isn 1968, the poet and visual artist John Giorno is on the phone when an idea comes to his mind. It occurred to him that “the voice was the poet, the words were the poem, and the phone was the place.” He imagined using the telephone as a means of mass communication, in order to generate a new relationship between the poet and the audience. It would become Dial-a-Poem: a phone number that anyone could call, 24/7, and listen to a randomly recorded poem -eeing up the spoken poetry of what Giorno called “the situation of a conference room that stifles the senses ”. As part of New York’s avant-garde scene, he quickly enlisted talent, recording figures such as John Ashbery, Bernadette Mayer, Anne Waldman and David Henderson reading poems at 222 Bowery, his loft. He found a project sponsor, 10 answering machines equipped with these recordings were patched together and connected to the phone lines, and Dial-a-Poem went live.
In 1970, the project moved to MoMA, expanding to accommodate a total of 700 poems by 55 poets, including Black Panther poets and queer erotic poetry. As the project gained media coverage, calls to Dial-a-Poem skyrocketed by the hundreds of thousands, straining the Upper East Side telephone exchange. It is a strong image – thousands of people who, out of desire or collective curiosity, have pushed the project and its public infrastructure to the breaking point. Giorno was interested in the pattern of calls. He imagined bored office workers phoning from their desks, or people stumbling on acid, unable to sleep, dialing at 2 am. The popularity of the project, for him, was “a poignant expression of people’s need and loneliness.”
As part of the first posthumous UK exhibition of Giorno’s work at Almine Rech, London, Dial-a-Poem is live again. You can compose a poem in situ, at the gallery, using an installed push-button phone. Excitingly, you can also compose from your own phone / device, free of charge, 24 hours a day: poems on demand, with no subscription fees. The telephone number is +44 (0) 20 4538 8429.
I first dialed the number while walking in the park, in a leather jacket, in the rain. One of Giorno’s own poems downplayed the line. He read: “Big fat raindrops adorned with radioactivity soaked in that black leather jacket. It was exciting, unique poetic moment of synchronicity – and I was addicted. I called the supermarket and got Denise Levertov. I called brushing my teeth and got Tom Weatherly. Composing a poem is a strangely intimate experience – vaguely voyeuristic, clandestine, as if the poets were addressing each other directly your, to confess, shock or enlighten, while remaining anonymous.
Ilya Kaminsky once said that a great poet speaks privately to many people at the same time. In this sense, poetry is a private language, share. Does such an exchange benefit – or even require – privacy? Recent poetry projects have probed this idea: Amy Key’s Poets in Bed podcast (an “Ongoing Intimate Experience”) features contemporary poets reading works under their own quilts. In 2014, New York-based Alex Dimitrov started Night Call, a performance project for which he read his poems to strangers in their beds, suggesting that being in a person’s space is “often more private than sleeping with them.”
Can social media, our current means of mass communication, facilitate such an intimate exchange between poet and public on a larger scale? Instapoets such as Rupi Kaur and Atticus have amassed millions of followers by sharing their poetry on social media platforms. These poets use these same platforms to sell merchandise – “ergonomic” brass pens, jewelry, sets of magnetic poetry. As a result, their work reads like a successful amalgamation of poetry and publicity. It suits the medium; one could argue that social media works more effectively as a market than as a way to really connect with others. Participation in social media is inherently transactional: in exchange for access, we constantly exchange (by degrees, without knowing it, tacitly or voluntarily) our privacy – our geolocation, our browsing habits, our contacts – so that companies can advertise us more effectively, and become more productive consumers.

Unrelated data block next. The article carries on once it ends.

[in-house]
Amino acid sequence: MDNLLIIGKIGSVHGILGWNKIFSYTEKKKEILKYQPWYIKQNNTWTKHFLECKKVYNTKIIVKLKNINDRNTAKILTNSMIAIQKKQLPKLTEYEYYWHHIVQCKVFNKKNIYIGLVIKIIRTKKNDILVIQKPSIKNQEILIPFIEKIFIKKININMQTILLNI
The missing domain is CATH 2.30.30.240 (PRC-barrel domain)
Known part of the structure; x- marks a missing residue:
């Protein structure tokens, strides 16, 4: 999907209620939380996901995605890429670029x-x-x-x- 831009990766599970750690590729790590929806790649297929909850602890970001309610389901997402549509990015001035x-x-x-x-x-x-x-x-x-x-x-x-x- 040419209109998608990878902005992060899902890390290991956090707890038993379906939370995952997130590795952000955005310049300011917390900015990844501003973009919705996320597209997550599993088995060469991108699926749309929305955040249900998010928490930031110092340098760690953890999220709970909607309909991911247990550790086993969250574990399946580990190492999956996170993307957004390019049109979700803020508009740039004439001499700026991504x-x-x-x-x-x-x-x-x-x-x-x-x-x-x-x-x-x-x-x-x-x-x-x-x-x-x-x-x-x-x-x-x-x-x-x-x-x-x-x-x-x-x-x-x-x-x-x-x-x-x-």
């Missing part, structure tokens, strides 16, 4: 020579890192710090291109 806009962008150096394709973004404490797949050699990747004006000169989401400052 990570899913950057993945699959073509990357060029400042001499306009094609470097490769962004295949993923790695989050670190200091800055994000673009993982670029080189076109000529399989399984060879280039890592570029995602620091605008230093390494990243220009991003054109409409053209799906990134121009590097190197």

It seems difficult to generate the conditions for intimacy in such a compromised setting. During the lockdown, however, there was a proliferation of poetry events hosted on video conferencing apps. Their relatively democratized nature (many were free, anyone could register, regardless of location) sparked late conversations in the literary world about how accessibility is often overlooked in physical places and the world. London centering of the scene.
At these online events, during and after a poet’s reading, heart emojis bloomed in the chat box – an expression of audience appreciation that, being spontaneous and not obligatory, often felt more authentic than the IRL applause. , while reminiscent of naive, less publicized and commercial forms of online communication (remember MSN Messenger?) you will briefly spot people in their homes; alone or with lovers; eat, smoke; illuminated by the screen, sometimes by candlelight – visual testimony of the private exchange but shared between the poet and the public in which we participated.
Dial-a-Poem received over a million calls before it lost its funding and ended in 1971. There have been complaints of indecency, claiming the poems incite violence. The FBI has investigated and, in Giorno’s words – an observation that seems to prove the cultural value of Dial-a-Poem – “the administrators [were] starts to panic ”. Subsequently, Giorno produced a series of records with the Dial-a-Poets. In the notes of one of them he wrote: “We used the telephone for poetry. They used it to spy on you, ”referring to the unfounded surveillance paranoia of the Watergate era. It’s ironic, but reminds us of the vulnerability and value of intimate and unmediated exchanges between artist and audience.